The proprietary software world (and hardware vendors) *VERY* quickly realised that was simply Not Profitable.
So everyting gets hermetically sealed.
See Neal Stephenson's "In The Beginning Was the Command Line".
Right. A lot of us oldies have similar feelings.
A related idea that's struck me:
I think what the world needs a lot more of is 'engineering-type' design - working on actually important problems, not just how to hypnotise users into being happier as they consume more corporate product that's bringing disaster to the Earth.
But. I don't like that word 'engineering' because it implies you have to be an elite to even get a chance to engage at that level of design.
I think *everyone* should be able to have a go at 'redesigning things', especially things they are close to and control, and not have to be a member of a professional engineering body to do it.
But... it's hard to convey this when we don't have a word for it any longer. We've removed that word 'design' in the informal-engineering sense, and so... how can we talk about the desperate need for it?
Maybe this is why people have started to use that terrible term, 'life hacking'.
Because what they really mean is 'life design', but they don't want to just mean repainting the living room. And they're not (genetic) engineers so they can't be doing 'life engineering'.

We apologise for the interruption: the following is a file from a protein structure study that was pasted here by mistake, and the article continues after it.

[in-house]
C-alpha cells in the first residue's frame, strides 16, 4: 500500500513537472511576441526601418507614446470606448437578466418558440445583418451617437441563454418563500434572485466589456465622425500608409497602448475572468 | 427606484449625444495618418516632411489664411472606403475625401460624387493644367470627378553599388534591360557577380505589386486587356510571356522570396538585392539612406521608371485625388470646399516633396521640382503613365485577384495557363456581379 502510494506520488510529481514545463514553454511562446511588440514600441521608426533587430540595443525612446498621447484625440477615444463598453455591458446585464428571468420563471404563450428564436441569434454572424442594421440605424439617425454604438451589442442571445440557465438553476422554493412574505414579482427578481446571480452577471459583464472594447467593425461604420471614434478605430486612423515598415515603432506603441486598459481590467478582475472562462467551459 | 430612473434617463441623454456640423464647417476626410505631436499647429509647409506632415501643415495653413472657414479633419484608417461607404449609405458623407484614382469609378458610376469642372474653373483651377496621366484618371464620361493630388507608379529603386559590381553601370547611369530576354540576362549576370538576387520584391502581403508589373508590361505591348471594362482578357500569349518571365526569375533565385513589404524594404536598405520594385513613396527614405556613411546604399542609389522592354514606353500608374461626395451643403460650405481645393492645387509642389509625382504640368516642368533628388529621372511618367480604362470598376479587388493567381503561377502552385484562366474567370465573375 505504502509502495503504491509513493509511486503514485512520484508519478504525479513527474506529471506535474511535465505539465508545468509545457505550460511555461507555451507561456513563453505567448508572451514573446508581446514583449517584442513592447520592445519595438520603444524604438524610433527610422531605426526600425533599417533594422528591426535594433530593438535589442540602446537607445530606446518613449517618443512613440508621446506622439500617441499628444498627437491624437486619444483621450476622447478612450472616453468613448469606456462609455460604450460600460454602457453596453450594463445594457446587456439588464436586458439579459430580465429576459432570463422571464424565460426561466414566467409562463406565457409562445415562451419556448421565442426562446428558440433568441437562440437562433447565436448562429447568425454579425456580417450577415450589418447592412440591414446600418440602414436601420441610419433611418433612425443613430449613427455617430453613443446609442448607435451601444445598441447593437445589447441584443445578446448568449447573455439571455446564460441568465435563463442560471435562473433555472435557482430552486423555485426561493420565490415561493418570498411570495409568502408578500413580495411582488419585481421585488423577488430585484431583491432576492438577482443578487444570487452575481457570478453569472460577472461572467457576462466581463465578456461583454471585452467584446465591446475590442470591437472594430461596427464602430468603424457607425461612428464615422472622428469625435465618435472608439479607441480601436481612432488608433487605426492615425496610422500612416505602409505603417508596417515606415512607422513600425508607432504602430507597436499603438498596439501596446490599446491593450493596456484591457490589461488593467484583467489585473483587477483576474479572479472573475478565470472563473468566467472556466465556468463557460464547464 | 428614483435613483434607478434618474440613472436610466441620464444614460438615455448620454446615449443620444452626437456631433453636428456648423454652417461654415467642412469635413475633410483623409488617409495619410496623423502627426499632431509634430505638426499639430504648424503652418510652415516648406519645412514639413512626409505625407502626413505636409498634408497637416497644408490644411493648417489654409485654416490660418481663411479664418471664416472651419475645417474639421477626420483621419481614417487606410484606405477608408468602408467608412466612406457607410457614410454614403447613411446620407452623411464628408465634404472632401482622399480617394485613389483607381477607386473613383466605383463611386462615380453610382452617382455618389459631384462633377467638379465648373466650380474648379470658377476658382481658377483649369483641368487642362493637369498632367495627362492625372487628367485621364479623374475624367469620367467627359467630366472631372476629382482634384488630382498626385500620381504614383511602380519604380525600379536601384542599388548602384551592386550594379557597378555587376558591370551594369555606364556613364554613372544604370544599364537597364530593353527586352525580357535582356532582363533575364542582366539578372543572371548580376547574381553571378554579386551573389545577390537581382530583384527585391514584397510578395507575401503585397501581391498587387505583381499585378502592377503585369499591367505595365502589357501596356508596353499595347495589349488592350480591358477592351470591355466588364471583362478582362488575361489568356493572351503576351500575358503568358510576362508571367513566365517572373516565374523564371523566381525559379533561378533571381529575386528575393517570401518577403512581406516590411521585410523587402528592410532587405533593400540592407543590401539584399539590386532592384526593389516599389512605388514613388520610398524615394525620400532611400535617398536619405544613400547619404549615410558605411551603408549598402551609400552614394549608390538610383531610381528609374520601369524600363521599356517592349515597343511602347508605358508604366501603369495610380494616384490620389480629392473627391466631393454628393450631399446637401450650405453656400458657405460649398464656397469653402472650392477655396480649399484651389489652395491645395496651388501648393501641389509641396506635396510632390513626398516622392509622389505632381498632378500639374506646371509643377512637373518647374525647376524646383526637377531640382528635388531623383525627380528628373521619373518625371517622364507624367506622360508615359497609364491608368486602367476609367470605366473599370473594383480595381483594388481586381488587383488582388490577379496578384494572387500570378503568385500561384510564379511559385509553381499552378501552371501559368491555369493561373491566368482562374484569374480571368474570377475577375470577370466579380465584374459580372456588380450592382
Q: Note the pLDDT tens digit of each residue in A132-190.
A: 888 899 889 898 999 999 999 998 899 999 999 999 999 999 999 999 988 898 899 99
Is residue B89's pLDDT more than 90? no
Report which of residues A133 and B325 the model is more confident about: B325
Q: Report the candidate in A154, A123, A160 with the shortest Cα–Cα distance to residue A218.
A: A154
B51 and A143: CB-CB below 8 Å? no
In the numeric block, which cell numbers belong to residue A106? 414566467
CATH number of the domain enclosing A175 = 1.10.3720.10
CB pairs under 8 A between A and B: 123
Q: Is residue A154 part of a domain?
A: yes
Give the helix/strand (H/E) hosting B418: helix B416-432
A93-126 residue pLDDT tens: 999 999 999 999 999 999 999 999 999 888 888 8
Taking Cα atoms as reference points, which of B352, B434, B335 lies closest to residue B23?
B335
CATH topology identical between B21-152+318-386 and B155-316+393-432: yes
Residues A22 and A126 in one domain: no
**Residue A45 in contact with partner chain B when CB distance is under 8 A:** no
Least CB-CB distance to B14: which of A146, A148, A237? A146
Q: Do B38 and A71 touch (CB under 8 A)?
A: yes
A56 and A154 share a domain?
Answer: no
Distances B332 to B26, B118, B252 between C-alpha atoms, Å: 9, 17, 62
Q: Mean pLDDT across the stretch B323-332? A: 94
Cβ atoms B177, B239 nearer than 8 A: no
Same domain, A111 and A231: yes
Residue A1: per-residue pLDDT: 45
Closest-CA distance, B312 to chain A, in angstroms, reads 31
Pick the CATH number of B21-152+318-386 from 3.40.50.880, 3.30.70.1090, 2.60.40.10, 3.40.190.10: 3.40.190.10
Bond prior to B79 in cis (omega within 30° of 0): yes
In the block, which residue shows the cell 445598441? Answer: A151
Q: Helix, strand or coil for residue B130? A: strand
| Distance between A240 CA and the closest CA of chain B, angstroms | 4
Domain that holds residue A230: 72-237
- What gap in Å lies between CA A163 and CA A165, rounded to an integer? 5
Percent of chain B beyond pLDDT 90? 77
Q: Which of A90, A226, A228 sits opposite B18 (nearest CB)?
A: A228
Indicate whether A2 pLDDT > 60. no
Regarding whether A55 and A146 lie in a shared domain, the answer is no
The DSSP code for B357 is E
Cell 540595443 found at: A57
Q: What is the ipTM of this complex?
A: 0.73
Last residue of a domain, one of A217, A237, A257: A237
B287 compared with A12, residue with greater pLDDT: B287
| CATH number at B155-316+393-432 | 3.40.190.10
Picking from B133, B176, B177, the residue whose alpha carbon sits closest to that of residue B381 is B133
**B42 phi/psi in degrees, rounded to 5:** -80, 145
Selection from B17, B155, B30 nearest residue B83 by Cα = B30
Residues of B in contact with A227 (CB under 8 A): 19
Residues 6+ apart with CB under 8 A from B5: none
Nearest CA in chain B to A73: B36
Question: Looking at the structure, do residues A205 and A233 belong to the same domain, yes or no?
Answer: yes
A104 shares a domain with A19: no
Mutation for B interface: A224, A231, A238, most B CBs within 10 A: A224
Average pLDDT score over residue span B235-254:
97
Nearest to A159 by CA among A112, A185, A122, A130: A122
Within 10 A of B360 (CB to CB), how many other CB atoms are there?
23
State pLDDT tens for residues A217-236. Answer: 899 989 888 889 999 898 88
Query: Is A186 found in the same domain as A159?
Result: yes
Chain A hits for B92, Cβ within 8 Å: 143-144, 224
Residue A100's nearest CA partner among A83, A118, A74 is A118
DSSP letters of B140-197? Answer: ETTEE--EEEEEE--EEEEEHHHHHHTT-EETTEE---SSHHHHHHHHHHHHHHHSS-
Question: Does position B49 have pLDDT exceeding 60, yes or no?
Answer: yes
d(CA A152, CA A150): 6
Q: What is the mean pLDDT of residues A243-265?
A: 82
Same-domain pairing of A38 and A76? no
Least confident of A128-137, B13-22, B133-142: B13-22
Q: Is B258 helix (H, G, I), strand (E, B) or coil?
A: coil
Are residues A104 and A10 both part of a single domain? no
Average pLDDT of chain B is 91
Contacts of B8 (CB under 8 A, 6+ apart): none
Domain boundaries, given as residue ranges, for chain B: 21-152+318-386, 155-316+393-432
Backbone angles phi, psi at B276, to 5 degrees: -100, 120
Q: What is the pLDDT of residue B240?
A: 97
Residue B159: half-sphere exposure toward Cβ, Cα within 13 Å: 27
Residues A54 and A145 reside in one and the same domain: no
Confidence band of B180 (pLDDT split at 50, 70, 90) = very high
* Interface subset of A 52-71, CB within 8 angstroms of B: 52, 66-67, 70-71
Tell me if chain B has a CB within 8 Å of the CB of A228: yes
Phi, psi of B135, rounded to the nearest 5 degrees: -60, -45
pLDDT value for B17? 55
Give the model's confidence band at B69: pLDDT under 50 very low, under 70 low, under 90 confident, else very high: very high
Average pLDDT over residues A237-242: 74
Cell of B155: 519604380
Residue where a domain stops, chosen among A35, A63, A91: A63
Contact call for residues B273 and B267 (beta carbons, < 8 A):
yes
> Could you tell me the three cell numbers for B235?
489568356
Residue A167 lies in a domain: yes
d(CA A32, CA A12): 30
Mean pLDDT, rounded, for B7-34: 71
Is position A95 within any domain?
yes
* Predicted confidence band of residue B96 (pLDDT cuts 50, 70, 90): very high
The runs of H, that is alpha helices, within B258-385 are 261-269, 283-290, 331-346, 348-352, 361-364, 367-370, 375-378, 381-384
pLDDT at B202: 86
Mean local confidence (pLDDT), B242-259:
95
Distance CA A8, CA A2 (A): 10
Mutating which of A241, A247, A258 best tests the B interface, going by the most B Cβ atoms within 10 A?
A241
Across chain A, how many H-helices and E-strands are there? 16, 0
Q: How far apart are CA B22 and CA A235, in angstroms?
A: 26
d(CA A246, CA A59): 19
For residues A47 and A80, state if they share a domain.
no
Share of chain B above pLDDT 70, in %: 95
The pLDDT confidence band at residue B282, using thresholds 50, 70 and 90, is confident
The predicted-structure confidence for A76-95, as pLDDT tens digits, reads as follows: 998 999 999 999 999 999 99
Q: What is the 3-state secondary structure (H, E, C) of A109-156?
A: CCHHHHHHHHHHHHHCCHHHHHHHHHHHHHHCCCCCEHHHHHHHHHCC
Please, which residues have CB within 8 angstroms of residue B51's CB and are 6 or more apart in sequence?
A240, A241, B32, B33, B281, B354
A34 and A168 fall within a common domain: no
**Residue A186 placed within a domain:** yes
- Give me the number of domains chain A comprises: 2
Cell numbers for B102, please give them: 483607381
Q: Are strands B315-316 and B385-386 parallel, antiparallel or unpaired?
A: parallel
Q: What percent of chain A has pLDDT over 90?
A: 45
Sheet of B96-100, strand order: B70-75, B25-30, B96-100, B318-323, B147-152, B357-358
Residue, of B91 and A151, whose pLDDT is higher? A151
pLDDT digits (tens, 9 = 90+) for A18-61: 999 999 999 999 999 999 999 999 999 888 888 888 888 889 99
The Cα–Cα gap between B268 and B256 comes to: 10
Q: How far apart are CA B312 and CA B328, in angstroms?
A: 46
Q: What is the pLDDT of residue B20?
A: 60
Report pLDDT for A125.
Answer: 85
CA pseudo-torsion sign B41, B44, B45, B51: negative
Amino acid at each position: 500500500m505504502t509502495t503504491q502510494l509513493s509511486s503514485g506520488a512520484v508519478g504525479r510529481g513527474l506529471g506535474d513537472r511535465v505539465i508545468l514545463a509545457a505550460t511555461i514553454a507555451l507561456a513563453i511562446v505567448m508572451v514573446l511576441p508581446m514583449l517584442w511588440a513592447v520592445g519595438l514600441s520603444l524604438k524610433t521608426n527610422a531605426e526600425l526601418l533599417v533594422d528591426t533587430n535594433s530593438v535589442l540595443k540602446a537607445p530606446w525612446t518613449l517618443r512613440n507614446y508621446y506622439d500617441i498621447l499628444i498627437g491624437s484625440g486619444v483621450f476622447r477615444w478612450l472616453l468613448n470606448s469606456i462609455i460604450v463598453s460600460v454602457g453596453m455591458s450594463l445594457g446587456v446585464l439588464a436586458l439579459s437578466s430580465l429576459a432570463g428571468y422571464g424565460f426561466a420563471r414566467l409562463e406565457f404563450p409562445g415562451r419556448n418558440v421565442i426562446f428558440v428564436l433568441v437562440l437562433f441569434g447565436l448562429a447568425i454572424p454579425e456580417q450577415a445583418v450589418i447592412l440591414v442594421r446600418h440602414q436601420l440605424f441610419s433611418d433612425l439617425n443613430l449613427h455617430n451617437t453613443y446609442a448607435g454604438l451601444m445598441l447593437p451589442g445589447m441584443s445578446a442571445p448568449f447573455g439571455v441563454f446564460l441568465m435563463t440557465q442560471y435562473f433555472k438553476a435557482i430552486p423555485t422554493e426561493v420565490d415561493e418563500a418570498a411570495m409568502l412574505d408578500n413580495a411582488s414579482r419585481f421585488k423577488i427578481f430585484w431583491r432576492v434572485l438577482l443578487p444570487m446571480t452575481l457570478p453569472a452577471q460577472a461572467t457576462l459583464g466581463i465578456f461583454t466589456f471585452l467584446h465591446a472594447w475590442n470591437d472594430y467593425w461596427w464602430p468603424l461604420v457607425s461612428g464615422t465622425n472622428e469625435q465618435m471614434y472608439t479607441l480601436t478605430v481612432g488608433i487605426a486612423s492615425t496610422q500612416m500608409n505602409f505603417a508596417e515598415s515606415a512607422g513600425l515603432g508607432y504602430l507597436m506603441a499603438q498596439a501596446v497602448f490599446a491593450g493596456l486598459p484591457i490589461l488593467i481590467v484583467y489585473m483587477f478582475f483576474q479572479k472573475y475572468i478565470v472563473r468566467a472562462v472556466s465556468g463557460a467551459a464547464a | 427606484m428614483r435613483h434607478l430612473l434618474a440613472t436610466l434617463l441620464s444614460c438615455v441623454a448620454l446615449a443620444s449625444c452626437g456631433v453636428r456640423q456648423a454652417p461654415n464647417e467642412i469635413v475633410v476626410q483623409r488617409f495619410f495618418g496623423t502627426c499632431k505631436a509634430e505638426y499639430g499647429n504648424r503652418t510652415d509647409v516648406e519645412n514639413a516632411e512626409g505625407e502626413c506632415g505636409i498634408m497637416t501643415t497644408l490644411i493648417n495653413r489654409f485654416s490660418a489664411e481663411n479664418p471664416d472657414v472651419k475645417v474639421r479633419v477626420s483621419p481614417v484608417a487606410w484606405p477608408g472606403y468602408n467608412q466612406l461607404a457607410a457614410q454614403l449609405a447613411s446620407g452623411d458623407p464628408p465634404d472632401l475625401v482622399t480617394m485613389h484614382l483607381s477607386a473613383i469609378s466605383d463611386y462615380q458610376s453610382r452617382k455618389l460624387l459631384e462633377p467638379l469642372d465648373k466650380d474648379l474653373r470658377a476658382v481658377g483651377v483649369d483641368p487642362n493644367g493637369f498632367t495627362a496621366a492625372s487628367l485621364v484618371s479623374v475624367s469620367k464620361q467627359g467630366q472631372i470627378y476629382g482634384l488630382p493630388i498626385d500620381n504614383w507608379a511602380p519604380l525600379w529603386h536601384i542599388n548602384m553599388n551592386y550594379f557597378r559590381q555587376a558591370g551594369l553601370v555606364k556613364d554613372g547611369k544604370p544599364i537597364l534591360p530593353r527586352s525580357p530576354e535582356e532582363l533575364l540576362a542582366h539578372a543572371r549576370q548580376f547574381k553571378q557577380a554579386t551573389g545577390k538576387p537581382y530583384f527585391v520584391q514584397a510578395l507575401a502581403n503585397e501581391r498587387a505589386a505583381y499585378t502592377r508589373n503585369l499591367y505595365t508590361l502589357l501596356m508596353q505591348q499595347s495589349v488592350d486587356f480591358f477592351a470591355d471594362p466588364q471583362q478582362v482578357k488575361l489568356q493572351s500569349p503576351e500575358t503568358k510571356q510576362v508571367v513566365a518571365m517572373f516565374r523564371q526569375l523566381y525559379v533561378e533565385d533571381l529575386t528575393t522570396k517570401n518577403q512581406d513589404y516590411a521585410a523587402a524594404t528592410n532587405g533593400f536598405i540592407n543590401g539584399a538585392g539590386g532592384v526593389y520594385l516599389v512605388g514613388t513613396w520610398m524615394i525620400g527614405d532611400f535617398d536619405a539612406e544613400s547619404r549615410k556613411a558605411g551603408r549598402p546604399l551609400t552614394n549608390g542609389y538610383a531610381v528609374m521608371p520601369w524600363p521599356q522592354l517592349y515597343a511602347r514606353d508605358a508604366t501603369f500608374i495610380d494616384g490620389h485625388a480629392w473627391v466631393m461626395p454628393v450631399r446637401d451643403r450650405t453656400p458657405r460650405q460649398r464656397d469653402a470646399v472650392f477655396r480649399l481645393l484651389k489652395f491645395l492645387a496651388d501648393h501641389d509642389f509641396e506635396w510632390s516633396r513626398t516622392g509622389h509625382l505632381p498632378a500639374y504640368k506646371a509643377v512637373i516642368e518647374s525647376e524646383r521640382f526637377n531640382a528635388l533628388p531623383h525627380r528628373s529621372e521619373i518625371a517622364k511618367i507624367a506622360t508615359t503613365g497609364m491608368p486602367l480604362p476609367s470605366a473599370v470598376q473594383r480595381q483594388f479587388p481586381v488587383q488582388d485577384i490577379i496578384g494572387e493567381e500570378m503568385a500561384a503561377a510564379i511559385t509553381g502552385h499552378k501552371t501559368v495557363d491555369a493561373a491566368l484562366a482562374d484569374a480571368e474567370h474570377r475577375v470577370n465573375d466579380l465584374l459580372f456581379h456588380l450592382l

So 'hacking' it has to be. It's the only word we've got left for 'changing small but important non-aesthetic things'.
@natecull The barriers between "consuming" and "making" are frustrating.
Many are self-imposed. But there's definitely a cultural norm that seems to be at play.
In part I blame television, which at the same time it brought some experiences closer, also put them further away. TV doesn't "bring you there", it "puts 'there' in a box". What's "on TV" is *outside your ken*, it's separate-from-reality.
Because the Web is more interactive, I think it helps blur that line, a little?
It blurs that line somewhat between consuming and making. I think my favorite tools are like that; Emacs comes to mind.
I'm not sure about the web in general blurring that line though. Parts of it yes; social media has its flaws, but it generally does provide users with plenty of interactivity. (Netflix and news sites are pretty close analogues to TV and newspapers though.)
The web is definitely a cold medium tho.
When I went on my Linux / privacy veganism phase I begun to think the web and computers are doomed, since only experts and hobbyists would program, and thus, truly participate.
But coming out of that mindset I think creativity is key for digital today...
On today's popular apps like whatsapp and Instagram there's the idea of the story, users create photos, draw pictures, share and make derivatives of others work and they do it not for likes, but for pleasure.
Everybody and their dog has a blog / podcast and so on.
The platform monopolies can't do anything but serve the people with tools for creation. Yes, Netflix is a hot medium, but users, we're cold.
I genuinely think users have a powerful creative drive, just look at meme culture. If the predominant platforms are hot, we will melt them with creativity!
In some ways I find the 'normie' internet very liberating, and the linuxy internet very conservative and restricting; while the normies are drawing memes, the privacy freaks are hidden inside the Tor network.